RNA sequencing (RNA-Seq) technology enables rapid profiling and deep investigation of the transcriptome, for any species. This approach offers a number of advantages compared to microarray analysis, a legacy technology often used in gene expression studies.
Ability to detect novel transcripts: Unlike arrays, RNA-Seq technology does not require species- or transcript-specific probes. It can detect novel transcripts, gene fusions, single nucleotide variants, indels (small insertions and deletions), and other previously unknown changes that arrays cannot detect.1,2
Wider dynamic range: With array hybridization technology, gene expression measurement is limited by background at the low end and signal saturation at the high end. RNA-Seq technology produces discrete, digital sequencing read counts, and can quantify expression across a larger dynamic range (>105 for RNA-Seq vs. 103 for arrays).1,2,3
Higher specificity and sensitivity: Compared to microarrays, RNA-Seq technology can detect a higher percentage of differentially expressed genes, especially genes with low expression.4-6
Simple detection of rare and low-abundance transcripts: Sequencing coverage depth can easily be increased to detect rare transcripts, single transcripts per cell, or weakly expressed genes.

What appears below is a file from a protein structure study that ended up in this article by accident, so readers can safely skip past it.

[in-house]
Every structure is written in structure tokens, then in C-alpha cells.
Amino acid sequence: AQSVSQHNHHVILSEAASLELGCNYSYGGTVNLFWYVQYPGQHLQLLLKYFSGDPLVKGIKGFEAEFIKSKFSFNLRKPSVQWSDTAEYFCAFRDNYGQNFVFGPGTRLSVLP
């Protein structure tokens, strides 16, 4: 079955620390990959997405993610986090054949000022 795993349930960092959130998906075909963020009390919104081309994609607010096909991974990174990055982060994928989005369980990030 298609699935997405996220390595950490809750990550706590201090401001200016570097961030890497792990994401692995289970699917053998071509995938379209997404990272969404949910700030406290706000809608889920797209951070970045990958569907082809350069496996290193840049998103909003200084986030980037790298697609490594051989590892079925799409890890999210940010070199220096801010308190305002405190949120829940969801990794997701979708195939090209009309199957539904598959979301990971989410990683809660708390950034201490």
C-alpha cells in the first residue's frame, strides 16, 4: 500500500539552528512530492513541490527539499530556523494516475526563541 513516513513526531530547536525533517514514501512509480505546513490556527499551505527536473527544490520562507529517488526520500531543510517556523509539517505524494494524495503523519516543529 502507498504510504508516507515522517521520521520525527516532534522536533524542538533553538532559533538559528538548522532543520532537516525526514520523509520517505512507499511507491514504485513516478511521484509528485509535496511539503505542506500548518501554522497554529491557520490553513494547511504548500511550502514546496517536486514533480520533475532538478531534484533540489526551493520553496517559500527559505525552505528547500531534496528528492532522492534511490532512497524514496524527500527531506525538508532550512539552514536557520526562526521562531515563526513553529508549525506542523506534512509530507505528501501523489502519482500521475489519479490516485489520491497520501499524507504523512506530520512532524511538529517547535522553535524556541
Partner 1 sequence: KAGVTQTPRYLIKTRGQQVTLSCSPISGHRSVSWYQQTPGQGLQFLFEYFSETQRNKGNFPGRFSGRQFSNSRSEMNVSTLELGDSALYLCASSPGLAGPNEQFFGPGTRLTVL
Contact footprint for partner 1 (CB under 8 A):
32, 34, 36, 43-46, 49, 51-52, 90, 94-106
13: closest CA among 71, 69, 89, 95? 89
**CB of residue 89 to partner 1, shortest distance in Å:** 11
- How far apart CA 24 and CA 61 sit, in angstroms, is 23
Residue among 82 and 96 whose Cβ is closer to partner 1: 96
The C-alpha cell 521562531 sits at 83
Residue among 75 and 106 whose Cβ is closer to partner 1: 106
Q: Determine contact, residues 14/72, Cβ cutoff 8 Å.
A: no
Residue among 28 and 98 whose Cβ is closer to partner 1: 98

“mRNA-Seq offers improved specificity, so it’s better at detecting transcripts, and specifically isoforms, than microarrays. It’s also more sensitive in detecting differential expression and offers increased dynamic range.”
In the past, next-generation sequencing (NGS) data analysis required extensive bioinformatics expertise, presenting a major hurdle to adoption of RNA sequencing technology by biologists. The latest user-friendly tools vastly simplify the analysis process, providing accessible solutions for researchers without a bioinformatics background.
The portion of NIH grant funding allocated to new RNA sequencing vs. gene expression microarray-inclusive grants has been trending towards RNA-Seq technology for the last several years, and now constitutes the majority. Download our transcriptomics eBook to see the evidence.
Each RNA sequencing experiment type—whether it’s gene expression profiling, targeted RNA expression, or small RNA analysis—has unique requirements for read length and depth. This bulletin reviews experimental considerations and offers resources to help with study design.
Annika Sonntag, PhD and her team originally used microarrays to measure RNA expression, but needed to see exon-specific RNA expression as well. After comparing many technologies, they chose Illumina NGS for their gene expression studies.